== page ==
Chapter 1: Introduction


Chapter 1: Introduction

Overview

There are several payment markets that can be identified, each using specific forms of money. The business-to-consumer (B2C) payment is used in commercial activities where the merchant is paid directly by the consumer for goods or services. This type of payment is also called retail payment. The direct payment between persons is called person-to-person (P2P) or even consumer-to-consumer (C2C). Administration-to-consumer (A2C) payment addresses the payment of taxes toward the government. Finally, the payment intervening between companies buying and those offering products and services is referred to as business-to-business (B2B) payment. A payment instrument refers to a form of money. A payment mechanism or payment method refers to the way a payment instrument is used to complete a payment transaction. Certainly, the range of payment instruments and payment mechanisms for B2C payments is different from the set of instruments available for other types of payments. This book analyzes only electronic payment instruments for B2C payments.

The concrete implementation of these instruments depends on the payment behavior of the consumer, the channels of interaction between the consumer's device and the merchant's device during payment, and the type of devices used to store the electronic payment instrument and to perform the corresponding payment mechanism.

The implementation of payment instruments is dependent on the consumer's payment behavior. Thus, payment instruments are designed to address consumers with credit, debit, or prepaid payment behavior. The value of the transactions performed with credit cards is paid later, at the end of a certain period. When using debit cards, the value of the transactions is paid now, at the moment when a transaction takes place. The prepaid instruments require that the consumers make the provision of funds before engaging any payment transaction. Thus, an electronic purse is a prepaid instrument since the consumer has to transfer money from his or her account kept with the bank in the record of funds kept by the electronic purse in order to be able to pay. We limit the presentation of payment instruments to the range of debit and credit, since at present they show the biggest market potential in the area of retail payments.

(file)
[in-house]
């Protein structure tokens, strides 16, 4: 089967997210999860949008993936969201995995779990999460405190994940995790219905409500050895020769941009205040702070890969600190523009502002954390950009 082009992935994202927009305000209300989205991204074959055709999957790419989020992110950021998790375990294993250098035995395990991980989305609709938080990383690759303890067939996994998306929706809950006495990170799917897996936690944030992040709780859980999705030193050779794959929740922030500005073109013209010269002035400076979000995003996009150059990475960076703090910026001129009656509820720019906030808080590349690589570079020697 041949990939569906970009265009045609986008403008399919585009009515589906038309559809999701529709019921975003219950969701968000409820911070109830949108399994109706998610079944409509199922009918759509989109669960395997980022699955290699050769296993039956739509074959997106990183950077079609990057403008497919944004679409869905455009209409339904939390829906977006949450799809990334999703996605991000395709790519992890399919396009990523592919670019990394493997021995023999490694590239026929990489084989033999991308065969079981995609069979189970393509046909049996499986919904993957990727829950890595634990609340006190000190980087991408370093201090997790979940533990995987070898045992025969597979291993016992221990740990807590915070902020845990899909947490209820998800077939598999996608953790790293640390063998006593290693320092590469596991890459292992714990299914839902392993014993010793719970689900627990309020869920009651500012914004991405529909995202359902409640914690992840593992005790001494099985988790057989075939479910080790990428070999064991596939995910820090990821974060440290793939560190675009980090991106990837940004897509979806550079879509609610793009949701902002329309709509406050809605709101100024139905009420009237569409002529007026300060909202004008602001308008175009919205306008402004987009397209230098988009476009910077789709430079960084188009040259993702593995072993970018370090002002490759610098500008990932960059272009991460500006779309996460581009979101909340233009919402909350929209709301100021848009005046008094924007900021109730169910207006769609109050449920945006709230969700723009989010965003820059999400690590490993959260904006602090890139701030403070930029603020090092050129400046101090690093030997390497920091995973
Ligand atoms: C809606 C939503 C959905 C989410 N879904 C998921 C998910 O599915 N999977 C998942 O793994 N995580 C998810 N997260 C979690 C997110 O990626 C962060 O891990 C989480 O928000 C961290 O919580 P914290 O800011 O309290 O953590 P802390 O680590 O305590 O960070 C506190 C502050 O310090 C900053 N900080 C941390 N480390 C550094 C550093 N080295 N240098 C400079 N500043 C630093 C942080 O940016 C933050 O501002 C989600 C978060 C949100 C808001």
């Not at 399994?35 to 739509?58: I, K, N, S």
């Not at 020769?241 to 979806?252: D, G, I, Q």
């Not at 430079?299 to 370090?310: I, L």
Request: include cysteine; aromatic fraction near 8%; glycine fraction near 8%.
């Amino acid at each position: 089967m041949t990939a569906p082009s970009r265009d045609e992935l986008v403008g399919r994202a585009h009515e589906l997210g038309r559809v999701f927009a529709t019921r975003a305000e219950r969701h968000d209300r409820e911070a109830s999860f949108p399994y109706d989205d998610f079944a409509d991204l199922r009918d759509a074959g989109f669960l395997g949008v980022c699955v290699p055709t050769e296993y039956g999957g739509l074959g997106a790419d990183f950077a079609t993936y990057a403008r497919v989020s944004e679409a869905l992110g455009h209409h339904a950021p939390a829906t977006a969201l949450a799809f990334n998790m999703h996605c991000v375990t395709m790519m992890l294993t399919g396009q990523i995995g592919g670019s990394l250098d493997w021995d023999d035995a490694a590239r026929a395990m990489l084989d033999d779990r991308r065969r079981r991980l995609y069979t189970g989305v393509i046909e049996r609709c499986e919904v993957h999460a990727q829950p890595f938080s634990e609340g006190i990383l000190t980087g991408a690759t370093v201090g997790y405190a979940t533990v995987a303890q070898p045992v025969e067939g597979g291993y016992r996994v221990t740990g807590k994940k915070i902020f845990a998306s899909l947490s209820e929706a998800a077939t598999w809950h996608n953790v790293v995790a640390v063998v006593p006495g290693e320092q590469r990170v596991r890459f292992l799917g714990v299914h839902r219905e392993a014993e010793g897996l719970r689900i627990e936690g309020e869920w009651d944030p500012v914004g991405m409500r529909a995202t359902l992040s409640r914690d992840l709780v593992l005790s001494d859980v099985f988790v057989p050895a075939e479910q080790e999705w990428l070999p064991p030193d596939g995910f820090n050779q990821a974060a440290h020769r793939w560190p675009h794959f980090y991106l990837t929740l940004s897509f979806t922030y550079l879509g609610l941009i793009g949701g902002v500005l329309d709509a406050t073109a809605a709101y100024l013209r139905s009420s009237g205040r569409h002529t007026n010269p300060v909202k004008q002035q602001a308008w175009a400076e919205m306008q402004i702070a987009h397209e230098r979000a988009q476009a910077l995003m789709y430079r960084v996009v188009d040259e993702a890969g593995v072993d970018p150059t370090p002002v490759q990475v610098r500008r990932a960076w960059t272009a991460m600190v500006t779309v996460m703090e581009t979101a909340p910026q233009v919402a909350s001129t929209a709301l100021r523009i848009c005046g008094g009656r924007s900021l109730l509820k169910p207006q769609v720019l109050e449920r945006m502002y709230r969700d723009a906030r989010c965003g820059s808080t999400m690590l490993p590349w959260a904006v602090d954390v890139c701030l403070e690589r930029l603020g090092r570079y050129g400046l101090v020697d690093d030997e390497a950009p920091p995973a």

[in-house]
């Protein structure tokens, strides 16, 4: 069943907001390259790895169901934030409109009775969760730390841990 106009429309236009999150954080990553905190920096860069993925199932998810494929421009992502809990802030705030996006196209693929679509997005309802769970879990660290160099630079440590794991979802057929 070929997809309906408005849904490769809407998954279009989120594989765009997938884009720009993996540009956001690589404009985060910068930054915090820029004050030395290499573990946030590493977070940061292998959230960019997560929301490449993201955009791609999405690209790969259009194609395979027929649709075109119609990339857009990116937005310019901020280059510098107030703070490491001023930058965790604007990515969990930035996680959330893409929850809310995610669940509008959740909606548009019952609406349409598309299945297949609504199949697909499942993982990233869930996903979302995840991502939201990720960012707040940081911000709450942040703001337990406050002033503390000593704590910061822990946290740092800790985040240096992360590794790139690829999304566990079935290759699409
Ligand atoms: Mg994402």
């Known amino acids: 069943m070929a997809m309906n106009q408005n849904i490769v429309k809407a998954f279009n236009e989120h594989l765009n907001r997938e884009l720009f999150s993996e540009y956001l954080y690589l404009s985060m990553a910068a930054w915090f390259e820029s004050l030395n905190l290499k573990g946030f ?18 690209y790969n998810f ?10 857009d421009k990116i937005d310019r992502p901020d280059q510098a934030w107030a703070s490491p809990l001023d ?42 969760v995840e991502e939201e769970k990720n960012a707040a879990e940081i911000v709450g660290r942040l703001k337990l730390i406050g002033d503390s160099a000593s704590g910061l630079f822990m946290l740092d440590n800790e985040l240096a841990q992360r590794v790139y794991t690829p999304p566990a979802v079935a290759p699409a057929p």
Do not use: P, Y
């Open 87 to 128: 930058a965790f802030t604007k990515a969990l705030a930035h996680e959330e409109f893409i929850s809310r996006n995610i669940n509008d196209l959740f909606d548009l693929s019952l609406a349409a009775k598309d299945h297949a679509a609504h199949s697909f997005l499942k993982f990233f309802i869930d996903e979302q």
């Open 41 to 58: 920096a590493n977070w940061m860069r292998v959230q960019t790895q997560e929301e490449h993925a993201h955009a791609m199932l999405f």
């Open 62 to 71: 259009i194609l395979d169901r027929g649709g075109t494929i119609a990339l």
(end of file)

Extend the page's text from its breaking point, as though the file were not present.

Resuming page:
The channel of interaction established during the payment between the consumer's device and the merchant's device determines the forms of payment instruments. In a face-to-face payment the consumer and the merchant, represented by their devices, are physically present at the place were the transaction is made. Paying with a magnetic stripe debit card at a point of sale (POS) terminal is a face-to-face payment where the consumer's device is a magnetic stripe card and the merchant's device is the POS terminal equipped with a magnetic stripe reader. In a remote payment both the consumer and the merchant are represented by their devices, which need a telecommunication network to complete the payment protocol, indifferent to their physical location. Using a payment application that runs on the consumer's personal computer (PC) and that communicates with the peer payment application running on the merchant's Web site is a remote payment that relies on the Internet. Remote payment also includes paying for an item at a vending machine with a mobile phone, since the payment protocol involves interaction between the two entities over a wireless communication network, even though the two entities are physically located at the same place. Debit and credit payment cards can be used in both face-to-face and remote interactions (provided that adequate communication channels are available for remote payment). For example, a dual mobile phone handset, which has a supplementary card reader for a chip card, can serve as a personal terminal that allows the consumer to pay with a debit or credit chip card and transport the financial data over wireless communication networks. There are many other types of intelligent platforms that allow for remote chip card payments, provided they are equipped with a chip card reader ”namely, personal computers, workstations, personal digital assistants (PDAs), and TV set-top boxes.

We are concerned with two types of devices, both with plastic support, for the implementation of debit cards and credit cards: magnetic stripe cards where the financial information concerning the consumer and the issuer is carried in a magnetic stripe attached on the backside of the card, and chip cards where the information is stored in the permanent memory of a microprocessor chip embedded in the card.

The considerations mentioned above delimit the boundaries of our goal in this book. We will concentrate on the analysis and design of debit and credit payment cards, in both face-to-face and remote interactions, with implementations in magnetic stripe and chip card devices.

The book is logically organized into three major parts that reflect the evolution of debit and credit cards from implementations with magnetic stripe to chip and from face-to-face interaction towards remote interaction. This organization follows the actual trend in the retail financial industry, which spends considerable resources on chip migration and on the use of chip cards from various access devices over different interaction channels.